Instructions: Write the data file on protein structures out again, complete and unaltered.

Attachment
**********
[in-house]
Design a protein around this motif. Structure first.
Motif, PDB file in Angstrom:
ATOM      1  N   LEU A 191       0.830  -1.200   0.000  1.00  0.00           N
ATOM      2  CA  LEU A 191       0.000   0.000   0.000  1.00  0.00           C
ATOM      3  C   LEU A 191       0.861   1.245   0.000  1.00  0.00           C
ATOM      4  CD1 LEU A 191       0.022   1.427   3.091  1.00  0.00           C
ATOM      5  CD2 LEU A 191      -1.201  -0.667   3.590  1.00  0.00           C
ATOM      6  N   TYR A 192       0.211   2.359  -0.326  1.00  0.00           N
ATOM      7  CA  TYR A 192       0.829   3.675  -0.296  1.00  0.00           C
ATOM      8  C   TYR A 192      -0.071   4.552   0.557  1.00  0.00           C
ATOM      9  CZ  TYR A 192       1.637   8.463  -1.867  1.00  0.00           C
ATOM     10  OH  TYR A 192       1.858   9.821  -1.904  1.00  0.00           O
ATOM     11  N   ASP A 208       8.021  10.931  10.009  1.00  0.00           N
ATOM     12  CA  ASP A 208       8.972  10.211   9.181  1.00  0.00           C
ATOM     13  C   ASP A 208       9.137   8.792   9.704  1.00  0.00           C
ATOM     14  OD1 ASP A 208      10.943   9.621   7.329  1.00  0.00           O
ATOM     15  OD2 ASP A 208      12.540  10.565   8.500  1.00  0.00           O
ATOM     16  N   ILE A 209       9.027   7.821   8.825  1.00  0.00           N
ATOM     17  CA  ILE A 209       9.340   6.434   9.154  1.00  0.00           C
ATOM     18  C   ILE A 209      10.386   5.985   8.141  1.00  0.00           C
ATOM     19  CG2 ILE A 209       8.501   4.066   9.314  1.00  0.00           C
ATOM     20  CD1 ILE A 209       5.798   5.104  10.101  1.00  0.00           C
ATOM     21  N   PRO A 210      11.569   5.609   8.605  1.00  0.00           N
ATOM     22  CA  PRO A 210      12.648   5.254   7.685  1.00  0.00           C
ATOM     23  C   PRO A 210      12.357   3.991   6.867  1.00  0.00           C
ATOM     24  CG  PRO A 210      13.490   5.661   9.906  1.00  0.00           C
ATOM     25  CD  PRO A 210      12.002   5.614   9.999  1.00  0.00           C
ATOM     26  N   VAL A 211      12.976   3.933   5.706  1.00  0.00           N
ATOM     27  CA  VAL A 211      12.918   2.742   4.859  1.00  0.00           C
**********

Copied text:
[in-house]
Design a protein around this motif. Structure first.
Motif, PDB file in Angstrom:
ATOM      1  N   LEU A 191       0.830  -1.200   0.000  1.00  0.00           N
ATOM      2  CA  LEU A 191       0.000   0.000   0.000  1.00  0.00           C
ATOM      3  C   LEU A 191       0.861   1.245   0.000  1.00  0.00           C
ATOM      4  CD1 LEU A 191       0.022   1.427   3.091  1.00  0.00           C
ATOM      5  CD2 LEU A 191      -1.201  -0.667   3.590  1.00  0.00           C
ATOM      6  N   TYR A 192       0.211   2.359  -0.326  1.00  0.00           N
ATOM      7  CA  TYR A 192       0.829   3.675  -0.296  1.00  0.00           C
ATOM      8  C   TYR A 192      -0.071   4.552   0.557  1.00  0.00           C
ATOM      9  CZ  TYR A 192       1.637   8.463  -1.867  1.00  0.00           C
ATOM     10  OH  TYR A 192       1.858   9.821  -1.904  1.00  0.00           O
ATOM     11  N   ASP A 208       8.021  10.931  10.009  1.00  0.00           N
ATOM     12  CA  ASP A 208       8.972  10.211   9.181  1.00  0.00           C
ATOM     13  C   ASP A 208       9.137   8.792   9.704  1.00  0.00           C
ATOM     14  OD1 ASP A 208      10.943   9.621   7.329  1.00  0.00           O
ATOM     15  OD2 ASP A 208      12.540  10.565   8.500  1.00  0.00           O
ATOM     16  N   ILE A 209       9.027   7.821   8.825  1.00  0.00           N
ATOM     17  CA  ILE A 209       9.340   6.434   9.154  1.00  0.00           C
ATOM     18  C   ILE A 209      10.386   5.985   8.141  1.00  0.00           C
ATOM     19  CG2 ILE A 209       8.501   4.066   9.314  1.00  0.00           C
ATOM     20  CD1 ILE A 209       5.798   5.104  10.101  1.00  0.00           C
ATOM     21  N   PRO A 210      11.569   5.609   8.605  1.00  0.00           N
ATOM     22  CA  PRO A 210      12.648   5.254   7.685  1.00  0.00           C
ATOM     23  C   PRO A 210      12.357   3.991   6.867  1.00  0.00           C
ATOM     24  CG  PRO A 210      13.490   5.661   9.906  1.00  0.00           C
ATOM     25  CD  PRO A 210      12.002   5.614   9.999  1.00  0.00           C
ATOM     26  N   VAL A 211      12.976   3.933   5.706  1.00  0.00           N
ATOM     27  CA  VAL A 211      12.918   2.742   4.859  1.00  0.00           C